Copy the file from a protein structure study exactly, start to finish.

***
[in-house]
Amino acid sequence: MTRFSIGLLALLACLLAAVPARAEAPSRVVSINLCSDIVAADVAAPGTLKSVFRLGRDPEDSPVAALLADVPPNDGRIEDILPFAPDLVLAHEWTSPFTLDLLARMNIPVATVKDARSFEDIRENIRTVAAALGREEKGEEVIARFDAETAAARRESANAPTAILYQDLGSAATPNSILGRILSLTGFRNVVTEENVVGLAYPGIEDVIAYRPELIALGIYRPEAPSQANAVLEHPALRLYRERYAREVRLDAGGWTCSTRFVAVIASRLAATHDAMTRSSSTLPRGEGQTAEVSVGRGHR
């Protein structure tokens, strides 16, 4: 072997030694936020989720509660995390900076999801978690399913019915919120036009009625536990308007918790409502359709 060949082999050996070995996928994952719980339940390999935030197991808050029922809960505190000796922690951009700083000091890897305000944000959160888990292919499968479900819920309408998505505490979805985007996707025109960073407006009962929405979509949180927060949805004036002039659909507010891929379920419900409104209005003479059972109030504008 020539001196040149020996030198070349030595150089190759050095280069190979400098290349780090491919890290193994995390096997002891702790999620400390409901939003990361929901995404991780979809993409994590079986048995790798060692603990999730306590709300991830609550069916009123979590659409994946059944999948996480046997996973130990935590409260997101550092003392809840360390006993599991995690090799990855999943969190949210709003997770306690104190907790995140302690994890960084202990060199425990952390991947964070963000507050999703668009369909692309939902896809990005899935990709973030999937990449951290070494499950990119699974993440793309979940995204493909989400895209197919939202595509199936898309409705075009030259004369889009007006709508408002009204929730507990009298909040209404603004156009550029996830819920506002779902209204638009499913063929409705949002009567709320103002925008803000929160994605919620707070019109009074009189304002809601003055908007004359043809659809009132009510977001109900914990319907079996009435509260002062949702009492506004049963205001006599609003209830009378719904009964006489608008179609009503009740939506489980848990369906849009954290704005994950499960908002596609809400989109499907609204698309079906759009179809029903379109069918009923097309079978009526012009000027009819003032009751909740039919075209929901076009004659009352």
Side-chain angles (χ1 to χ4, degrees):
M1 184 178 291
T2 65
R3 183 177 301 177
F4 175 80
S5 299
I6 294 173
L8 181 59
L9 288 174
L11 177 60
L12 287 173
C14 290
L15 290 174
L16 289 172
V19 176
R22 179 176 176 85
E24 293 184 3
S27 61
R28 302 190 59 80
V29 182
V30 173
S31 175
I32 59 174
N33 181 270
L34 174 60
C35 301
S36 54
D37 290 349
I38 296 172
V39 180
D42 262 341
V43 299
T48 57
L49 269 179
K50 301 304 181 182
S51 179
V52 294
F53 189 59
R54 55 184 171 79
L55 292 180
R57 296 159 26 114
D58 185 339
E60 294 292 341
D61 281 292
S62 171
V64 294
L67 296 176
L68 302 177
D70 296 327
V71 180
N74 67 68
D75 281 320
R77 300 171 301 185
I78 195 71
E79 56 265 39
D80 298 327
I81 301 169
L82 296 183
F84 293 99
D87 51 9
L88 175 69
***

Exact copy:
[in-house]
Amino acid sequence: MTRFSIGLLALLACLLAAVPARAEAPSRVVSINLCSDIVAADVAAPGTLKSVFRLGRDPEDSPVAALLADVPPNDGRIEDILPFAPDLVLAHEWTSPFTLDLLARMNIPVATVKDARSFEDIRENIRTVAAALGREEKGEEVIARFDAETAAARRESANAPTAILYQDLGSAATPNSILGRILSLTGFRNVVTEENVVGLAYPGIEDVIAYRPELIALGIYRPEAPSQANAVLEHPALRLYRERYAREVRLDAGGWTCSTRFVAVIASRLAATHDAMTRSSSTLPRGEGQTAEVSVGRGHR
């Protein structure tokens, strides 16, 4: 072997030694936020989720509660995390900076999801978690399913019915919120036009009625536990308007918790409502359709 060949082999050996070995996928994952719980339940390999935030197991808050029922809960505190000796922690951009700083000091890897305000944000959160888990292919499968479900819920309408998505505490979805985007996707025109960073407006009962929405979509949180927060949805004036002039659909507010891929379920419900409104209005003479059972109030504008 020539001196040149020996030198070349030595150089190759050095280069190979400098290349780090491919890290193994995390096997002891702790999620400390409901939003990361929901995404991780979809993409994590079986048995790798060692603990999730306590709300991830609550069916009123979590659409994946059944999948996480046997996973130990935590409260997101550092003392809840360390006993599991995690090799990855999943969190949210709003997770306690104190907790995140302690994890960084202990060199425990952390991947964070963000507050999703668009369909692309939902896809990005899935990709973030999937990449951290070494499950990119699974993440793309979940995204493909989400895209197919939202595509199936898309409705075009030259004369889009007006709508408002009204929730507990009298909040209404603004156009550029996830819920506002779902209204638009499913063929409705949002009567709320103002925008803000929160994605919620707070019109009074009189304002809601003055908007004359043809659809009132009510977001109900914990319907079996009435509260002062949702009492506004049963205001006599609003209830009378719904009964006489608008179609009503009740939506489980848990369906849009954290704005994950499960908002596609809400989109499907609204698309079906759009179809029903379109069918009923097309079978009526012009000027009819003032009751909740039919075209929901076009004659009352």
Side-chain angles (χ1 to χ4, degrees):
M1 184 178 291
T2 65
R3 183 177 301 177
F4 175 80
S5 299
I6 294 173
L8 181 59
L9 288 174
L11 177 60
L12 287 173
C14 290
L15 290 174
L16 289 172
V19 176
R22 179 176 176 85
E24 293 184 3
S27 61
R28 302 190 59 80
V29 182
V30 173
S31 175
I32 59 174
N33 181 270
L34 174 60
C35 301
S36 54
D37 290 349
I38 296 172
V39 180
D42 262 341
V43 299
T48 57
L49 269 179
K50 301 304 181 182
S51 179
V52 294
F53 189 59
R54 55 184 171 79
L55 292 180
R57 296 159 26 114
D58 185 339
E60 294 292 341
D61 281 292
S62 171
V64 294
L67 296 176
L68 302 177
D70 296 327
V71 180
N74 67 68
D75 281 320
R77 300 171 301 185
I78 195 71
E79 56 265 39
D80 298 327
I81 301 169
L82 296 183
F84 293 99
D87 51 9
L88 175 69